WASHINGTON — President Obama’s sweeping new power plant regulations are thrusting the debate over climate change into the race for the White House.

To Democrats, rallying around global climate change is a way to energize liberal supporters and paint Republicans as out of touch. To Republicans, Obama’s actions to curb greenhouse gas emissions are burdensome to business and block job creation.

Most of the changes Obama outlined would have to be implemented by the next president, if the rules survive court challenges.

Republicans cast the measure requiring states to cut carbon dioxide emissions by 32 percent by 2030 as unnecessary and costly.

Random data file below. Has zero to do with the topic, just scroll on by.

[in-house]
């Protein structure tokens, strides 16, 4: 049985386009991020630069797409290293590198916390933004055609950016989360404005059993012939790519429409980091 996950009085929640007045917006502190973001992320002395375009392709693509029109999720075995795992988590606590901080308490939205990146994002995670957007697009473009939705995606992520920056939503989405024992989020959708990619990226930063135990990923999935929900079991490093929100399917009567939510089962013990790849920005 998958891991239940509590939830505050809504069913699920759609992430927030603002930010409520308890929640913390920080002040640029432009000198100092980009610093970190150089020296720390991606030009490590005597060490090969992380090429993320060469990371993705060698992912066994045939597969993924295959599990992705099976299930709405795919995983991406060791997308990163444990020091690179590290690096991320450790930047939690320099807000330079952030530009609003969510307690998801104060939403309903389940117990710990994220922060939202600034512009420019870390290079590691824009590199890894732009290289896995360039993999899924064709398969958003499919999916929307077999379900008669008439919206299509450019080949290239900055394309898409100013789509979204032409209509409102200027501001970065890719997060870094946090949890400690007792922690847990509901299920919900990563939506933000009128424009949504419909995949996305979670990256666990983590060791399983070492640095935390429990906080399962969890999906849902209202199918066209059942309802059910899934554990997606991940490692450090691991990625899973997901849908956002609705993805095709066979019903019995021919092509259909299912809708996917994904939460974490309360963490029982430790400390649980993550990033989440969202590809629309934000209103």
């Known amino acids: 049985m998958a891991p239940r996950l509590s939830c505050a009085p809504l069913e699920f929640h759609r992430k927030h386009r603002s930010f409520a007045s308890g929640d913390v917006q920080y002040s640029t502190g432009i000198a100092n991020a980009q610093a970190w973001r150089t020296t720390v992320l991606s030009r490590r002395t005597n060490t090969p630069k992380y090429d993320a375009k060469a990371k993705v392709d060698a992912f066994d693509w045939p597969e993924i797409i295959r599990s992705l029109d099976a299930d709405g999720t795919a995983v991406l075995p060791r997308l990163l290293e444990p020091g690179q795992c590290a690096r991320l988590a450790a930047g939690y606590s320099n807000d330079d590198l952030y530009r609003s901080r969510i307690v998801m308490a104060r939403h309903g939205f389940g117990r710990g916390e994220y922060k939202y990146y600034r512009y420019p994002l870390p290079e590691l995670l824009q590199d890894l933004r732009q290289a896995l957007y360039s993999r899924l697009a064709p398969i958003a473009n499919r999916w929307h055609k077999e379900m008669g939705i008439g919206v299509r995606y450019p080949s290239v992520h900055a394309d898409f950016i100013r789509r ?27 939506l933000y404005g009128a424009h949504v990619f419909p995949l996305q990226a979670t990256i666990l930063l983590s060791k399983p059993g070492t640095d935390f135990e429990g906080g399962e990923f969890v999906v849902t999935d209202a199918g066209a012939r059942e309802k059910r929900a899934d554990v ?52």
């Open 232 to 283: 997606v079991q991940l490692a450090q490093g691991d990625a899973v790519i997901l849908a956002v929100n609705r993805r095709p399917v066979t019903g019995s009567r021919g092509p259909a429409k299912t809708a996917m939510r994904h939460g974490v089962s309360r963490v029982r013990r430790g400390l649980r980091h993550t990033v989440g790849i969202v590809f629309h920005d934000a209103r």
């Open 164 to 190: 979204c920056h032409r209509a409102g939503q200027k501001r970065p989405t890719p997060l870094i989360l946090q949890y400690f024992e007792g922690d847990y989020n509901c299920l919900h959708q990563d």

The Obama administration itself estimated the emissions limits will cost $8.4 billion annually by 2030, though the actual price isn’t clear.

Republican Jeb Bush said the rules “run over state governments, will throw countless people out of work and increases everyone’s energy prices.”

Texas Republican Sen. Ted Cruz questioned whether climate change is occurring.

“I’m saying the data and facts don’t support it,” Cruz said at a retreat sponsored by billionaire brothers Charles and David Koch, heavily courted donors who oppose Obama’s climate change agenda.

Hillary Clinton called the measure a “significant step forward” and said she would defend it if elected president. Her Democratic challengers were similarly supportive.

A Washington Post/ABC News poll conducted in March showed 59 percent of Americans said they’d like the next president to be someone who favors government action to address climate change, while 31 percent would prefer someone who opposes it.